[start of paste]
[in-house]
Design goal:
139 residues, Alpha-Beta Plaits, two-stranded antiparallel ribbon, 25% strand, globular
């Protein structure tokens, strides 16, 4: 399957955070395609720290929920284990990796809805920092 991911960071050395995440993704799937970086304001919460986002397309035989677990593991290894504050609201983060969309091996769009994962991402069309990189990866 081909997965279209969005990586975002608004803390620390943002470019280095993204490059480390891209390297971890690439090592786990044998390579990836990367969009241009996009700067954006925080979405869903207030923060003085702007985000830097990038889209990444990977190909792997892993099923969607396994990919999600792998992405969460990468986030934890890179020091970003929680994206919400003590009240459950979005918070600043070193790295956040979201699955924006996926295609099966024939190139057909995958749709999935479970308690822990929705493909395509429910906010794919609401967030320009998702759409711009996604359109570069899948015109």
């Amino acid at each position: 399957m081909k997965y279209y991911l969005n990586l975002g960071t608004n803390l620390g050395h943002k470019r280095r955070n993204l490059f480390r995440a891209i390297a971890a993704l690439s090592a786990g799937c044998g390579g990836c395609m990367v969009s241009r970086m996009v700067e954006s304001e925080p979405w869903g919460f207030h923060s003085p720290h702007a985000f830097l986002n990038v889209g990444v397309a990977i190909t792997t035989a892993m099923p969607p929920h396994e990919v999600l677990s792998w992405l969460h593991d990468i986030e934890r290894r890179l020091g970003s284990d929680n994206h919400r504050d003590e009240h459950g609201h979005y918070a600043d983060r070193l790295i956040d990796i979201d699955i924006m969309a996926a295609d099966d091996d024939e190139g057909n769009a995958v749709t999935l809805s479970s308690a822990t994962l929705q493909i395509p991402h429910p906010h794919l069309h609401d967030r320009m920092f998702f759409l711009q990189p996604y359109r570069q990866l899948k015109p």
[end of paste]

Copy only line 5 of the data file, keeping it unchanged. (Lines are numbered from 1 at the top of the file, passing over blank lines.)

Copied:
């Amino acid at each position: 399957m081909k997965y279209y991911l969005n990586l975002g960071t608004n803390l620390g050395h943002k470019r280095r955070n993204l490059f480390r995440a891209i390297a971890a993704l690439s090592a786990g799937c044998g390579g990836c395609m990367v969009s241009r970086m996009v700067e954006s304001e925080p979405w869903g919460f207030h923060s003085p720290h702007a985000f830097l986002n990038v889209g990444v397309a990977i190909t792997t035989a892993m099923p969607p929920h396994e990919v999600l677990s792998w992405l969460h593991d990468i986030e934890r290894r890179l020091g970003s284990d929680n994206h919400r504050d003590e009240h459950g609201h979005y918070a600043d983060r070193l790295i956040d990796i979201d699955i924006m969309a996926a295609d099966d091996d024939e190139g057909n769009a995958v749709t999935l809805s479970s308690a822990t994962l929705q493909i395509p991402h429910p906010h794919l069309h609401d967030r320009m920092f998702f759409l711009q990189p996604y359109r570069q990866l899948k015109p």